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In a 93-4 vote, the Senate passed the Terrorism Risk Insurance Program Reauthorization Act of 2014 (S. 2244 ) that extends the federal reinsurance program for seven years.

Congress first passed TRIA in 2002 in the wake of the Sept. 11 terrorist attacks as a temporary program. TRIA was designed to protect the commercial insurance market and its customers by requiring insurers to offer terrorism coverage in exchange for the government stepping in with reimbursement if the industry's losses exceed $100 million after a single terrorist attack.

TRIA has been twice reauthorized with bipartisan congressional support but it will expire at the end of this year unless the House and Senate can agree on renewing it.

The insurance, banking and construction industries and other proponents have argued that TRIA provides important stability in the terrorism insurance market and that without it private insurers would find it difficult, if not impossible, to provide the coverage businesses need.

"Agents and brokers must have the ability to provide terrorism protection to their customers in the event of another unthinkable attack on American soil," said Bob Rusbuldt, Big "I" president and CEO. "The current TRIA program has worked well to ensure the availability of this coverage and it is imperative that a lapse be avoided."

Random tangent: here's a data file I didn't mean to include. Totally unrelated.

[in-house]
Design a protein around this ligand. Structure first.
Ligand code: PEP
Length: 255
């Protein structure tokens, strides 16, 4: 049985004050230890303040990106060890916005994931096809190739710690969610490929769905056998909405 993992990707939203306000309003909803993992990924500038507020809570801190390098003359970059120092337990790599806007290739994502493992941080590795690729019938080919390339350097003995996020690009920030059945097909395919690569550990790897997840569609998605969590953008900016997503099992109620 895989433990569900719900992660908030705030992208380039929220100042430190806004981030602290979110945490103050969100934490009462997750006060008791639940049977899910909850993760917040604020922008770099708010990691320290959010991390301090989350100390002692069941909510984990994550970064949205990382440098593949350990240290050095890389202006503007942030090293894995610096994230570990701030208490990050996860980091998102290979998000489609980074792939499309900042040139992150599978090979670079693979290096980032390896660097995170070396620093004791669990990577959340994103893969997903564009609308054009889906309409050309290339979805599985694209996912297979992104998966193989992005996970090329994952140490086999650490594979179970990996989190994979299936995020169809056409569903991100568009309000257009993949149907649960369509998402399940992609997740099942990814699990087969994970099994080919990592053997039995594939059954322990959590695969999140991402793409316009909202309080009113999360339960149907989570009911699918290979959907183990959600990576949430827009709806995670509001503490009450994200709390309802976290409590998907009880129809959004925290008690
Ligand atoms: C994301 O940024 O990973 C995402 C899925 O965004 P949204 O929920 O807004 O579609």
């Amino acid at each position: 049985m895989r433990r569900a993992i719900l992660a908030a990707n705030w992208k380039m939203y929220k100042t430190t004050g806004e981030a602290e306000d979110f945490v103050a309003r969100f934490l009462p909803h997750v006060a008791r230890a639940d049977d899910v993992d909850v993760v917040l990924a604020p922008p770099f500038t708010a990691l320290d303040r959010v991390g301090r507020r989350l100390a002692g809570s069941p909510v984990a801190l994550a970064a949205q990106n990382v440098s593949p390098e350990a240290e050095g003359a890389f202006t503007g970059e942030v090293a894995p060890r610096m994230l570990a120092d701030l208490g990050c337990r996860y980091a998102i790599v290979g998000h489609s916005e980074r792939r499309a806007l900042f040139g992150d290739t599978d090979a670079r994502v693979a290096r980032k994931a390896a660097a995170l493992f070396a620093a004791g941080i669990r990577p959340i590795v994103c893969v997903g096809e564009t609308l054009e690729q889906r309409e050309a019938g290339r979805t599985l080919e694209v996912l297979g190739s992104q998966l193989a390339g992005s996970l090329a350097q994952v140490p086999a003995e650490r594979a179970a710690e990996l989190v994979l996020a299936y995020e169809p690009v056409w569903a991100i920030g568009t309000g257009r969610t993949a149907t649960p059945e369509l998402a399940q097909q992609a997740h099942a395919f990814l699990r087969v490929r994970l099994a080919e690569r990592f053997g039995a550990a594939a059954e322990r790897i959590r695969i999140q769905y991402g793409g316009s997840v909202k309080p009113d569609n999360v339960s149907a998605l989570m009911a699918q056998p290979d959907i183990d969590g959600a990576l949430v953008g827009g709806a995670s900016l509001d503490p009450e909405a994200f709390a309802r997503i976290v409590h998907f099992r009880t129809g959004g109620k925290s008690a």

Critics of TRIA, including taxpayer, consumer and conservative groups, maintain that TRIA is unnecessary and an example of government involving itself where it should not in the private sector. They argue that private insurers, despite their denials, are capable of providing terrorism without a government backstop. They also point out that TRIA was initially intended as a temporary program.

Rather than eliminate TRIA, opponents have largely sought to limit TRIA and reduce the exposure of the government to losses in the event of a terrorist attack. The House bill (H.R. 4871) would extend TRIA for five years, increase the insurer co-pay to 20 percent, and create a new program bifurcation for nuclear, biological, chemical, or radiological (NBCR) type of attacks.

The House legislation would increase from $100 million to $500 million the loss amount from a terrorist attack using conventional weapons that would trigger government reimbursement. The House bill, however, keeps the trigger at $100 million for a nuclear, biological, chemical or radiological attack. The Senate version keeps the trigger at $100 million regardless of the type of terrorist attack.

(Source the Insurance Journal)

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